About Dr. Zalosh: Robert is Principle Consultant at Firexplo in the Greater Boston Area and holds a Master’s in Mechanical Engineering from the University of Rochester and a PhD in Mechanical Engineering from Northeaster University. Dr. Zalosh has 35 years experience in industrial fire and explosion protection and is a Professor Emeritus in Fire Protection Engineering at Worcester Polytechnic Institute.
Connect with Robert: Dr. Zalosh can be contacted directly through his LinkedIn Profile and more information on the services of Firexplo can be found be emailing firstname.lastname@example.org.
Question #1: “To perform an efficient full process hazard analysis that will help them put in place the appropriate safety procedures and choose the right equipment in the working areas.
Typically what they will need to do to prevent working areas to become hazardous locations, then evaluate the hazards they still face handling combustible dusts and choose the proper equipment that will prevent combustible dust hazards.”
Question #2: “To have a precise view of all potential hazards in the working areas. Properly understand each party responsibility so end users do not only rely on manufacturers of equipment in order to supply them with equipment that will prevent all hazards which may occur in the working areas.”
About Mr. Mariani: Rocco is CEO and founder of the Tiger-Vac Group in Dania, Florida which specializes in design, manufacturing and sales of Certified Explosion Proof industrial vacuum cleaners. Mr. Mariani has over 40 years experience in equipment production for explosive areas within industry.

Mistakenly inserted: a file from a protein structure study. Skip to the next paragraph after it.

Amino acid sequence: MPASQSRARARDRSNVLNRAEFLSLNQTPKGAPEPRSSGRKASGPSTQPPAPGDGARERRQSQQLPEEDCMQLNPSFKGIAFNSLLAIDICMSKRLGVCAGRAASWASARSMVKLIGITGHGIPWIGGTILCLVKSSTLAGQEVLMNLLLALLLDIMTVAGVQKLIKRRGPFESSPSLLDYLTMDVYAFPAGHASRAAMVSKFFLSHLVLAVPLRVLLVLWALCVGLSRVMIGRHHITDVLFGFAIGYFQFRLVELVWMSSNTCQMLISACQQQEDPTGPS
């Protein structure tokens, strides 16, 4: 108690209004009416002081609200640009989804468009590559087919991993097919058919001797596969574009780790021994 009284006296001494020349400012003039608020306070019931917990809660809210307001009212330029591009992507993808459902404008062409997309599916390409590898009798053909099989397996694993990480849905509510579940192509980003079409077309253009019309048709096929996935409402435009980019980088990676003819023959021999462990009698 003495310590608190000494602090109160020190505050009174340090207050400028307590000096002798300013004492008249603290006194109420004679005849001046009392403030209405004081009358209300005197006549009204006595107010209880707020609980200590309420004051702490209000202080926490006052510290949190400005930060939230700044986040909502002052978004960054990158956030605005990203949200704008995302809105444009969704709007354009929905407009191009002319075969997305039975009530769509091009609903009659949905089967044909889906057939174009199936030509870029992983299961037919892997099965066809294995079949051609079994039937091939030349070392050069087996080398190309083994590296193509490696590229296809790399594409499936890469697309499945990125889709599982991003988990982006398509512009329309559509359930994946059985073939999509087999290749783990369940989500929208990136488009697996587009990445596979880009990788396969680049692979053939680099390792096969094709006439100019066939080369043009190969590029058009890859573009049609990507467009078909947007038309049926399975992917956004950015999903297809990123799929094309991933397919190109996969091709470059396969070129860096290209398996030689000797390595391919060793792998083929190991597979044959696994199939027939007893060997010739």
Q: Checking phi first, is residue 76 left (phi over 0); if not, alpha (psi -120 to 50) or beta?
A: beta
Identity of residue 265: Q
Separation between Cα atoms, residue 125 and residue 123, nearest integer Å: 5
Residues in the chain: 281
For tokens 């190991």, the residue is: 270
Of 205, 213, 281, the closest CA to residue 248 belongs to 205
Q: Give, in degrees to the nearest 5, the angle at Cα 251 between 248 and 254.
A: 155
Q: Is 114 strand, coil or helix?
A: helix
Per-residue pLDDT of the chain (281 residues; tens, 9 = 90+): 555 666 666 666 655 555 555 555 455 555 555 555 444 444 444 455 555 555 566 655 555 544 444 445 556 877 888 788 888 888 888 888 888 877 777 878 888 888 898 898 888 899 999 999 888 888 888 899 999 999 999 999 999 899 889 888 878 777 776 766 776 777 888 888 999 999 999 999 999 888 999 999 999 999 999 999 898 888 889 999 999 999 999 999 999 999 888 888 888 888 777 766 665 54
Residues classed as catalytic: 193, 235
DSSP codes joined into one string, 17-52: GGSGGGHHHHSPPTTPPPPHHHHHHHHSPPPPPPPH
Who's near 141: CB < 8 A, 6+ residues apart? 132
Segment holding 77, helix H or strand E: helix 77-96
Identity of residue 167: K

Connect with Rocco: Mr. Mariani can be contacted directly through his LinkedIn Profile.
Question #1: “The single most important problem facing industries handling combustible dust continues to be hazard communication. Combustible dust explosions and fires continue to occur in workplaces where management and their employees were unaware of combustible dust hazards. A great deal of effort has gone into communicating hazard awareness to the industrial community, but more needs to be done.
One very promising development in communicating combustible dust hazards is the incorporation of technical safety knowledge into the engineering curriculum of some universities. Textbooks on chemical process safety and occupational safety are available which address combustible dust hazards from a generalist perspective, and books on dust explosion and fire fundamentals are available for those desiring a more in-depth exposure.”